When Utah police led 20 searchers and five cadaver dogs onto a property in Salem, Ore., this week, they were acting on suspicions that Susan Cox Powell was buried there – and that the man who buried her was not her late husband, Josh Powell, but rather his brother, a politician and graduate student who later committed suicide.
Susan’s father, Charles Cox – who has worked tirelessly with authorities to find his daughter – shares with PEOPLE that West Valley City, Utah, police believe Josh’s brother, Michael Powell, was an accomplice in her murder.
According to Cox and other sources, detectives believe Josh drove the couple’s Town & Country van hundreds of miles northwest in a snowstorm in December 2009 as his and Susan’s two young sons, Charlie and Braden, slept in the backseat. They believe Josh turned Susan’s body over to Michael, who buried her.
But this week’s search on a woodsy, 180-acre property that was rented by Josh’s relatives at the time of Susan’s disappearance did not yield any human remains and the search was called off Thursday after three days.
Michael Powell “was more involved in the disposal of her body,” says Cox, who has endured years of searches that have come up empty and been notified repeatedly of the discovery of remains that turned out not to be Susan’s.
Cox says the police are at the end of their investigation and might soon discuss their suspicion of Michael’s involvement.
A West Valley City police spokesman, Sgt. Mike Powell (no relation), would neither confirm nor deny that police now believe Michael Powell buried Susan’s body. But he confirms that police may soon reveal more about Susan’s disappearance.
He added that information about the case should only be treated as factual once it’s released by the police department. “Any particular aspect of the investigation not coming from the WVCPD should be examined very cautiously,” Sgt. Powell said.
The Early Investigation
Josh and Michael Powell s sister, Jennifer Graves, who has publicly shared her suspicions about Josh since early in the case, tells PEOPLE that she always suspected that Michael was at least aware that Josh killed Susan.
Now, after further discussing Michael with other family members, she also suspects he was an accomplice to the murder.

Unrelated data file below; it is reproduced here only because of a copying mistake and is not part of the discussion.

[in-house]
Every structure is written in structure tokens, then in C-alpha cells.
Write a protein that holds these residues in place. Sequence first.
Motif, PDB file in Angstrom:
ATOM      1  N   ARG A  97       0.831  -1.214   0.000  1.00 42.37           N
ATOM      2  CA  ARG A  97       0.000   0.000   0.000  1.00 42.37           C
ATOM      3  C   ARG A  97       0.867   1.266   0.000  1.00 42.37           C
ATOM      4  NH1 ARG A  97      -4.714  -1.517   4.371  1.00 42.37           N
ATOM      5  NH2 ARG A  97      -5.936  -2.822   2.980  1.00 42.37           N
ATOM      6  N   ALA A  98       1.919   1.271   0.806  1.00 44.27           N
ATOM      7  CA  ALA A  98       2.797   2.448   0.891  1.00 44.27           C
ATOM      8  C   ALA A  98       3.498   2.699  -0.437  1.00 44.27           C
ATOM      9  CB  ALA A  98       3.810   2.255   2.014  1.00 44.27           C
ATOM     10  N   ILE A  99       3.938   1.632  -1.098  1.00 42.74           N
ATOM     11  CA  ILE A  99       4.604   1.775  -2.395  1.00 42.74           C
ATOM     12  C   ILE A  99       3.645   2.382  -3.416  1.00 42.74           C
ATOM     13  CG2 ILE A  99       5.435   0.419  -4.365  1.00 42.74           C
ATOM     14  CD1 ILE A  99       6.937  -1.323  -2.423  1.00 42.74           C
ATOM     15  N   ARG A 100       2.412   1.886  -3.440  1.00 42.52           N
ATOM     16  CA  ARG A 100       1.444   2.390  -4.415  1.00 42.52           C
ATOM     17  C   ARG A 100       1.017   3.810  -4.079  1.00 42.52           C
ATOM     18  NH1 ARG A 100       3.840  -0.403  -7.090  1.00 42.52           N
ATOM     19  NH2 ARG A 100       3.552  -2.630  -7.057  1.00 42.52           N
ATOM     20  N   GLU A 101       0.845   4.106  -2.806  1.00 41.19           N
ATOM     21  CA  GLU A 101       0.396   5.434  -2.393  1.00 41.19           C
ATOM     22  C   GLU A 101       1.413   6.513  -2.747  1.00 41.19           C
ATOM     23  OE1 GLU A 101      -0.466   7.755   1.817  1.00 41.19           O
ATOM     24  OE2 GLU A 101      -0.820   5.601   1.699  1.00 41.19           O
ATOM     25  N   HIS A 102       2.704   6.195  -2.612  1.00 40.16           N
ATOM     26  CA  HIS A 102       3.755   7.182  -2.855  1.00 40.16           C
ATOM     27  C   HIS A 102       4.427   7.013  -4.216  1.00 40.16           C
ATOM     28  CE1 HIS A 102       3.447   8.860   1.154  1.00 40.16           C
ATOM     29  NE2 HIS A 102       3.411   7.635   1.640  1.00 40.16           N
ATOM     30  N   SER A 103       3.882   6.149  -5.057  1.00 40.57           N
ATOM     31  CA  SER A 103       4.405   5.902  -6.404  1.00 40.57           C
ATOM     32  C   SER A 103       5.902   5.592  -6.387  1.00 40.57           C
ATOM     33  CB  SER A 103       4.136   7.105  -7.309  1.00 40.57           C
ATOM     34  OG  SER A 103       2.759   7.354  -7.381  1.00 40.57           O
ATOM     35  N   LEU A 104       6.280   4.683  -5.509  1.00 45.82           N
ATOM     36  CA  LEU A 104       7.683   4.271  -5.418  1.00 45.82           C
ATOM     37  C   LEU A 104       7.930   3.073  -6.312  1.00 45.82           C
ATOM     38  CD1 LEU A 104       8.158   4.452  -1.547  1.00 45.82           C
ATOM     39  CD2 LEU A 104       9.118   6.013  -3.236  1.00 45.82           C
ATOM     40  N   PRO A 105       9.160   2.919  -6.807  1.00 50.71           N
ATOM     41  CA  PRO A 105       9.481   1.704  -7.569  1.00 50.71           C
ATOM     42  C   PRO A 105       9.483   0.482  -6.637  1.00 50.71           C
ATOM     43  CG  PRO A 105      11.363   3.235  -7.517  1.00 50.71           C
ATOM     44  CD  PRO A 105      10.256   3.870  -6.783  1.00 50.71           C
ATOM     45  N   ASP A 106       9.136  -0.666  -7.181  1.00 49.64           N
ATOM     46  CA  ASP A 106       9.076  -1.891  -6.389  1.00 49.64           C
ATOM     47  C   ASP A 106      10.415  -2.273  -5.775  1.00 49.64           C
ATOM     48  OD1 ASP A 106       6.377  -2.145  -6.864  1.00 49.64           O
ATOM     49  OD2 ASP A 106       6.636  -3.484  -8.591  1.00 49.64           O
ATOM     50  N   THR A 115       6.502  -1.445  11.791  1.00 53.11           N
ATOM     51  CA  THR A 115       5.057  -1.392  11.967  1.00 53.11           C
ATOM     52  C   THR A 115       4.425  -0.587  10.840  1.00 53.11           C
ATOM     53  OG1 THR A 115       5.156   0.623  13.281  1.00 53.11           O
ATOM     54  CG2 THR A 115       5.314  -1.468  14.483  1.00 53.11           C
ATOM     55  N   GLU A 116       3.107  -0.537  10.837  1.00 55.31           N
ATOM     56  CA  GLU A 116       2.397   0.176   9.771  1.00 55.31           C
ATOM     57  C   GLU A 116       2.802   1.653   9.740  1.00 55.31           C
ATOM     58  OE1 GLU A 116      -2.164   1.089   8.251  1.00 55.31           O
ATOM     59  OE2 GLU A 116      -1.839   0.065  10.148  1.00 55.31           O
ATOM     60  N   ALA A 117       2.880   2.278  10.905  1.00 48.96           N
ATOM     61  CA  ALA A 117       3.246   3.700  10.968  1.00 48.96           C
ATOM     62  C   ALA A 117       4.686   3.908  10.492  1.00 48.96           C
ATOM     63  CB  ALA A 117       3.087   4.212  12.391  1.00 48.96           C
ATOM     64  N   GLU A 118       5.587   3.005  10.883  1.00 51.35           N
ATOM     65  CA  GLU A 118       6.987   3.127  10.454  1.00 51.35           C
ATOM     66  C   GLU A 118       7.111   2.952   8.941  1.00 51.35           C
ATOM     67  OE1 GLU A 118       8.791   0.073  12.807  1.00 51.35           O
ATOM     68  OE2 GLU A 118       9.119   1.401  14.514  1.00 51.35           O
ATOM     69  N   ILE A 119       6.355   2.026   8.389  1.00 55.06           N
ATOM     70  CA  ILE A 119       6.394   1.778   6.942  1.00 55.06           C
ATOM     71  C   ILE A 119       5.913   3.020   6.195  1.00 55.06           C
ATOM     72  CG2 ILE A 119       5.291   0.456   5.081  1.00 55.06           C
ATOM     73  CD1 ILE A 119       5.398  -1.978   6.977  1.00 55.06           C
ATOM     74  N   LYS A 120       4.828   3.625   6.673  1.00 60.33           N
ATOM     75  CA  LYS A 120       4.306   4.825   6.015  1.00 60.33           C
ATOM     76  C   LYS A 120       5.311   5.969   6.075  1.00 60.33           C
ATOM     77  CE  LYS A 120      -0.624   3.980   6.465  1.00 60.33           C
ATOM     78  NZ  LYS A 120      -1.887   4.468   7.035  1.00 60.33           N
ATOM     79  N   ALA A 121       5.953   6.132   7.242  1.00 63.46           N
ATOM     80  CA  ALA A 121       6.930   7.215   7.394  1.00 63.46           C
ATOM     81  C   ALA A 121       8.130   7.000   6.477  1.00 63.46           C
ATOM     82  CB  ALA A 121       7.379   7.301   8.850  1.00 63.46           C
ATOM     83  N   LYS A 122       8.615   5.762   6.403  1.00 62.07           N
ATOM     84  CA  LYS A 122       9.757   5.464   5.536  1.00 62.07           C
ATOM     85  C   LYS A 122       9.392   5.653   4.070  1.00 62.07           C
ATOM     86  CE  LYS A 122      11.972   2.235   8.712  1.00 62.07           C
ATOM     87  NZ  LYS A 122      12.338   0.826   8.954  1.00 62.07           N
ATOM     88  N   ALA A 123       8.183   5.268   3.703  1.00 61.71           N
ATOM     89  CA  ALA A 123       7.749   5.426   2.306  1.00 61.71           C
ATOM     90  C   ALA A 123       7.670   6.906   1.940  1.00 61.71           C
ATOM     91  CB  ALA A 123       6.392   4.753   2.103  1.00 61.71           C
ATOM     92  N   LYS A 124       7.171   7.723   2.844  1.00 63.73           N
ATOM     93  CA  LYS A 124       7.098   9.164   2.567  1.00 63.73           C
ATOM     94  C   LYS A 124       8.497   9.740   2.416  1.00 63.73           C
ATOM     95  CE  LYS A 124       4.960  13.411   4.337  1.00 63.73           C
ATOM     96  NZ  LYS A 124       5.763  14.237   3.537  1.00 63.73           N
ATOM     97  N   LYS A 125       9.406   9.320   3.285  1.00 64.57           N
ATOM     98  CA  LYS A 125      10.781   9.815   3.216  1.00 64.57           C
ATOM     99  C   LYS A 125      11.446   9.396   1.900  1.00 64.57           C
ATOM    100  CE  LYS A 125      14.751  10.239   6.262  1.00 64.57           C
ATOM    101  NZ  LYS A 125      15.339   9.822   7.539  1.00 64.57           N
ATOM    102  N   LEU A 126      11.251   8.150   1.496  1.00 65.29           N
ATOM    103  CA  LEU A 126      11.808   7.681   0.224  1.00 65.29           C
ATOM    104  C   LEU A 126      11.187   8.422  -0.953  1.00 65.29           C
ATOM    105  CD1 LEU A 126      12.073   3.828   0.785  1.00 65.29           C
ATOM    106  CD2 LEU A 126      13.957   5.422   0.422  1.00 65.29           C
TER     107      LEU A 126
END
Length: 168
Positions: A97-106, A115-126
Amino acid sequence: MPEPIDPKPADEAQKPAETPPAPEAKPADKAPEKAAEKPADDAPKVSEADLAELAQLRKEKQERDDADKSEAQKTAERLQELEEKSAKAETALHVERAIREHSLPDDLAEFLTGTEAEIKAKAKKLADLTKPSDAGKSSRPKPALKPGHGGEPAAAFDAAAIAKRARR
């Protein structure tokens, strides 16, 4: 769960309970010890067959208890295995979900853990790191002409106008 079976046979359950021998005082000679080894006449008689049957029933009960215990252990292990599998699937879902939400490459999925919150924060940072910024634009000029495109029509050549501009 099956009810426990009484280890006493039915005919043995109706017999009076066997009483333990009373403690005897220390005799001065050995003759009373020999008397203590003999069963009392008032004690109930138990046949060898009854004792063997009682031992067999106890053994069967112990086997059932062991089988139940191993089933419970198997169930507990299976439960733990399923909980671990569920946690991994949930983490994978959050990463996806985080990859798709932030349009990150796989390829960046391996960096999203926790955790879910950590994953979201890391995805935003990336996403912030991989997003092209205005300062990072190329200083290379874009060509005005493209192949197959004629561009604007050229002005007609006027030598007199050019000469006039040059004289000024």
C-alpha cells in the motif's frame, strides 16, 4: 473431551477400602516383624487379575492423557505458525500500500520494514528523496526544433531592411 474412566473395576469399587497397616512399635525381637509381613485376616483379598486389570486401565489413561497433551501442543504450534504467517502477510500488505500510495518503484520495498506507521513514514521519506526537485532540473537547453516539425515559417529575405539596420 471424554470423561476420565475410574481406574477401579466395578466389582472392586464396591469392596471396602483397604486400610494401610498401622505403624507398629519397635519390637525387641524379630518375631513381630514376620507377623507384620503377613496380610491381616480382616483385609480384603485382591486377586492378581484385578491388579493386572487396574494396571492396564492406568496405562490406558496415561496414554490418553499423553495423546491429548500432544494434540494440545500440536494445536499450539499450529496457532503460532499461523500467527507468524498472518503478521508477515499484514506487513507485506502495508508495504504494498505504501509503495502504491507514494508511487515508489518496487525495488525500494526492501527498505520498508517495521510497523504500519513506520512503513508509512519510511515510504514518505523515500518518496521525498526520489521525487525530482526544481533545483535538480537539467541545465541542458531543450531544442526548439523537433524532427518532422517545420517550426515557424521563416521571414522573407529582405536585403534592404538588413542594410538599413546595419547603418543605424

“It’s very possible that he helped Josh, yes,” says Graves, who says the revelation has left her heartbroken. “It makes me sad to think he could have sunk so low. Growing up, Michael was a sweet little kid, very loving and a joy to be around.”
She adds that this latest development helps her understand his possible motivations for taking his own life.
“Perhaps he got wind of something [that the police learned] and decided he couldn t keep it covered up much longer,” Graves offered. “Or perhaps he was just weighed down with a great deal of guilt that finally caught up with him.”
Early in the case, after Josh claimed that Susan simply took off while he and the boys went on a weekend camping trip in a blizzard, police named him a person of interest. The West Valley City police department was recently forced to return federal drug-enforcement grant money that it improperly spent on the Powell case – money that may have been used to investigate whether Josh poisoned Susan’s pancakes, according to media reports.
During the strange twists and turns in the past 3½ years, police seemed to focus their suspicions mostly on Josh and his father Steven.
Josh is now dead, having killed himself and his sons in an intentional house explosion last year. Steven is serving time for secretly photographing 8- and 9-year-old girls who lived next door. Many images of Susan and journal entries about her also turned up in Steven’s house, which was searched repeatedly after Josh and sons Charlie and Braden moved in.